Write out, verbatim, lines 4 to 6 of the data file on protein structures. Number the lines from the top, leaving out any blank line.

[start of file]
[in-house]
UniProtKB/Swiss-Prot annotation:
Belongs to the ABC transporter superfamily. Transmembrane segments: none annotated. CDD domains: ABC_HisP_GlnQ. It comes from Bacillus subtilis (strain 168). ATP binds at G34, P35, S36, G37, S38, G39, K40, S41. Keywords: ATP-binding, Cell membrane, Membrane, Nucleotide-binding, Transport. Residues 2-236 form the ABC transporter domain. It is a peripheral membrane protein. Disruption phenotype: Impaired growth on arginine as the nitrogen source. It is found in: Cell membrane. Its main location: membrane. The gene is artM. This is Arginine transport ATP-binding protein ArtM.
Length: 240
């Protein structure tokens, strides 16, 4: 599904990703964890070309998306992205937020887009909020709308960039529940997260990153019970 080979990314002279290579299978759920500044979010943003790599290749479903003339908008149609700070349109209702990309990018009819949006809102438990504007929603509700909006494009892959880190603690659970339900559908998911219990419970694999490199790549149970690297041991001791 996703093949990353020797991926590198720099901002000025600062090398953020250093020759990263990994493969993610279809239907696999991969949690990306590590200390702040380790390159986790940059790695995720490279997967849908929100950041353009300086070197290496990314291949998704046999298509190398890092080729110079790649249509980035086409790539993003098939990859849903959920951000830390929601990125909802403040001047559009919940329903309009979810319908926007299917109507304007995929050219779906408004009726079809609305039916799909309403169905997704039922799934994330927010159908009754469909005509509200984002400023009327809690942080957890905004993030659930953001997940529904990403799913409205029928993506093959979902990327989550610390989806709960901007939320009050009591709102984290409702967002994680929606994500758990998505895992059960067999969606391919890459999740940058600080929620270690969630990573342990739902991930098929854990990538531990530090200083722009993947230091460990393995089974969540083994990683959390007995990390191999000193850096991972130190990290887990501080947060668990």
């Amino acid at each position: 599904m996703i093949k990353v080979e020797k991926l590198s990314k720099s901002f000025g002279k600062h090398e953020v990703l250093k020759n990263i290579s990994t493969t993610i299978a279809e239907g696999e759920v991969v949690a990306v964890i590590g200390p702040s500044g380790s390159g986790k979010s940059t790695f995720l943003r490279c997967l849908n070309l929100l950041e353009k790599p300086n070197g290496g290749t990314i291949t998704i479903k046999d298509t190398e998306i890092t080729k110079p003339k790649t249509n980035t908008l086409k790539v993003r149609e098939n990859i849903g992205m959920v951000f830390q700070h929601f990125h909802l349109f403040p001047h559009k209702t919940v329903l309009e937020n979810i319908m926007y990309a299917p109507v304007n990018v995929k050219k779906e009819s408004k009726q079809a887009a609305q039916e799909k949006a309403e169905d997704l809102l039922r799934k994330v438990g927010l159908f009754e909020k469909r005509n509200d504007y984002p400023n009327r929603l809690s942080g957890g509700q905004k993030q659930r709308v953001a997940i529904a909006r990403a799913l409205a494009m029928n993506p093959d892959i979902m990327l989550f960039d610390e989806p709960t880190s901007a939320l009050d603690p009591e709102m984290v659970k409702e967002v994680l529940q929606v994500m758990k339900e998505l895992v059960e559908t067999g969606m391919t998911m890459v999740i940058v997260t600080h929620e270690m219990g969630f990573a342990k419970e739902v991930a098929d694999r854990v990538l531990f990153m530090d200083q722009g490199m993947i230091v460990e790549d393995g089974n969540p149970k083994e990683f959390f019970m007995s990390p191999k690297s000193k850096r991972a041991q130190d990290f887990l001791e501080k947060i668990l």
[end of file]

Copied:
Length: 240
């Protein structure tokens, strides 16, 4: 599904990703964890070309998306992205937020887009909020709308960039529940997260990153019970 080979990314002279290579299978759920500044979010943003790599290749479903003339908008149609700070349109209702990309990018009819949006809102438990504007929603509700909006494009892959880190603690659970339900559908998911219990419970694999490199790549149970690297041991001791 996703093949990353020797991926590198720099901002000025600062090398953020250093020759990263990994493969993610279809239907696999991969949690990306590590200390702040380790390159986790940059790695995720490279997967849908929100950041353009300086070197290496990314291949998704046999298509190398890092080729110079790649249509980035086409790539993003098939990859849903959920951000830390929601990125909802403040001047559009919940329903309009979810319908926007299917109507304007995929050219779906408004009726079809609305039916799909309403169905997704039922799934994330927010159908009754469909005509509200984002400023009327809690942080957890905004993030659930953001997940529904990403799913409205029928993506093959979902990327989550610390989806709960901007939320009050009591709102984290409702967002994680929606994500758990998505895992059960067999969606391919890459999740940058600080929620270690969630990573342990739902991930098929854990990538531990530090200083722009993947230091460990393995089974969540083994990683959390007995990390191999000193850096991972130190990290887990501080947060668990």
């Amino acid at each position: 599904m996703i093949k990353v080979e020797k991926l590198s990314k720099s901002f000025g002279k600062h090398e953020v990703l250093k020759n990263i290579s990994t493969t993610i299978a279809e239907g696999e759920v991969v949690a990306v964890i590590g200390p702040s500044g380790s390159g986790k979010s940059t790695f995720l943003r490279c997967l849908n070309l929100l950041e353009k790599p300086n070197g290496g290749t990314i291949t998704i479903k046999d298509t190398e998306i890092t080729k110079p003339k790649t249509n980035t908008l086409k790539v993003r149609e098939n990859i849903g992205m959920v951000f830390q700070h929601f990125h909802l349109f403040p001047h559009k209702t919940v329903l309009e937020n979810i319908m926007y990309a299917p109507v304007n990018v995929k050219k779906e009819s408004k009726q079809a887009a609305q039916e799909k949006a309403e169905d997704l809102l039922r799934k994330v438990g927010l159908f009754e909020k469909r005509n509200d504007y984002p400023n009327r929603l809690s942080g957890g509700q905004k993030q659930r709308v953001a997940i529904a909006r990403a799913l409205a494009m029928n993506p093959d892959i979902m990327l989550f960039d610390e989806p709960t880190s901007a939320l009050d603690p009591e709102m984290v659970k409702e967002v994680l529940q929606v994500m758990k339900e998505l895992v059960e559908t067999g969606m391919t998911m890459v999740i940058v997260t600080h929620e270690m219990g969630f990573a342990k419970e739902v991930a098929d694999r854990v990538l531990f990153m530090d200083q722009g490199m993947i230091v460990e790549d393995g089974n969540p149970k083994e990683f959390f019970m007995s990390p191999k690297s000193k850096r991972a041991q130190d990290f887990l001791e501080k947060i668990l």